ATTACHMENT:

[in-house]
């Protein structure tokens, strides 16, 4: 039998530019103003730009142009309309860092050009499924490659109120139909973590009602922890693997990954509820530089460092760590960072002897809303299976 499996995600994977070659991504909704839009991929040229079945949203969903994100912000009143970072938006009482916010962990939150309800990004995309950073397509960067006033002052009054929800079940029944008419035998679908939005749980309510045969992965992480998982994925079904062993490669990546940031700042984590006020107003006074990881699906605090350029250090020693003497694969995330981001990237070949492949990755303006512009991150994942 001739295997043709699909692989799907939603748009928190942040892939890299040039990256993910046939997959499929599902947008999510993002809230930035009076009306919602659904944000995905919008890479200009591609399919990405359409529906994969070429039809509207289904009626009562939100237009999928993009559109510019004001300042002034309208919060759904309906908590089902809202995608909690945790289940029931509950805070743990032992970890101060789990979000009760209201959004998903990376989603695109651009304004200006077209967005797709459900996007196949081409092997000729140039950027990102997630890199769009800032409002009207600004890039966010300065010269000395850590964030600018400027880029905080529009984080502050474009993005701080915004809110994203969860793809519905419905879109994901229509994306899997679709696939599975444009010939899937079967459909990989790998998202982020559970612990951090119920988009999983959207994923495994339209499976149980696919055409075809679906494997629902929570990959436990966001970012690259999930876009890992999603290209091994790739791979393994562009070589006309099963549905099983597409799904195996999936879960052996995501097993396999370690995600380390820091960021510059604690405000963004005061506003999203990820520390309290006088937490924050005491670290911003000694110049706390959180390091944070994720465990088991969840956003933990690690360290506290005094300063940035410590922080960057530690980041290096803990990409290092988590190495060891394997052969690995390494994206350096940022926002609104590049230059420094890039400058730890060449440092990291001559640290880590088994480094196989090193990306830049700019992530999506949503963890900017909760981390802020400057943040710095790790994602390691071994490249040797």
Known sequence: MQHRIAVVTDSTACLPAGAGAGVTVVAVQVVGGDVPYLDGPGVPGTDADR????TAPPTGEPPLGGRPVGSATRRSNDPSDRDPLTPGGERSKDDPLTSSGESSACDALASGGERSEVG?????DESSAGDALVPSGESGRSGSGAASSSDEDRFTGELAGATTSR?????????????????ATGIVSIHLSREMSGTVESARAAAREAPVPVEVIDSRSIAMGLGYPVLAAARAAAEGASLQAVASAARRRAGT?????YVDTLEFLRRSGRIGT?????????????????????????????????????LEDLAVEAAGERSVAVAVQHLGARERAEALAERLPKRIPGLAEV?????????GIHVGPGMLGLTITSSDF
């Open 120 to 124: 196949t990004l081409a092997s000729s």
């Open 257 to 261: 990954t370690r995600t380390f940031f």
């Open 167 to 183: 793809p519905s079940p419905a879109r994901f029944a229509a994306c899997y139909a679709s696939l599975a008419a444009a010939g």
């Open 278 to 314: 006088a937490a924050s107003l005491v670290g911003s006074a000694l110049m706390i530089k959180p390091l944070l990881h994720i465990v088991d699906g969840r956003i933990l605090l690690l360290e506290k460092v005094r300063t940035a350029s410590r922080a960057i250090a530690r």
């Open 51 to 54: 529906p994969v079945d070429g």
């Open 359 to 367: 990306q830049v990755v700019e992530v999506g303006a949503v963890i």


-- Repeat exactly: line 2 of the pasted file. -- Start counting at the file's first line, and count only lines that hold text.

């Protein structure tokens, strides 16, 4: 039998530019103003730009142009309309860092050009499924490659109120139909973590009602922890693997990954509820530089460092760590960072002897809303299976 499996995600994977070659991504909704839009991929040229079945949203969903994100912000009143970072938006009482916010962990939150309800990004995309950073397509960067006033002052009054929800079940029944008419035998679908939005749980309510045969992965992480998982994925079904062993490669990546940031700042984590006020107003006074990881699906605090350029250090020693003497694969995330981001990237070949492949990755303006512009991150994942 001739295997043709699909692989799907939603748009928190942040892939890299040039990256993910046939997959499929599902947008999510993002809230930035009076009306919602659904944000995905919008890479200009591609399919990405359409529906994969070429039809509207289904009626009562939100237009999928993009559109510019004001300042002034309208919060759904309906908590089902809202995608909690945790289940029931509950805070743990032992970890101060789990979000009760209201959004998903990376989603695109651009304004200006077209967005797709459900996007196949081409092997000729140039950027990102997630890199769009800032409002009207600004890039966010300065010269000395850590964030600018400027880029905080529009984080502050474009993005701080915004809110994203969860793809519905419905879109994901229509994306899997679709696939599975444009010939899937079967459909990989790998998202982020559970612990951090119920988009999983959207994923495994339209499976149980696919055409075809679906494997629902929570990959436990966001970012690259999930876009890992999603290209091994790739791979393994562009070589006309099963549905099983597409799904195996999936879960052996995501097993396999370690995600380390820091960021510059604690405000963004005061506003999203990820520390309290006088937490924050005491670290911003000694110049706390959180390091944070994720465990088991969840956003933990690690360290506290005094300063940035410590922080960057530690980041290096803990990409290092988590190495060891394997052969690995390494994206350096940022926002609104590049230059420094890039400058730890060449440092990291001559640290880590088994480094196989090193990306830049700019992530999506949503963890900017909760981390802020400057943040710095790790994602390691071994490249040797």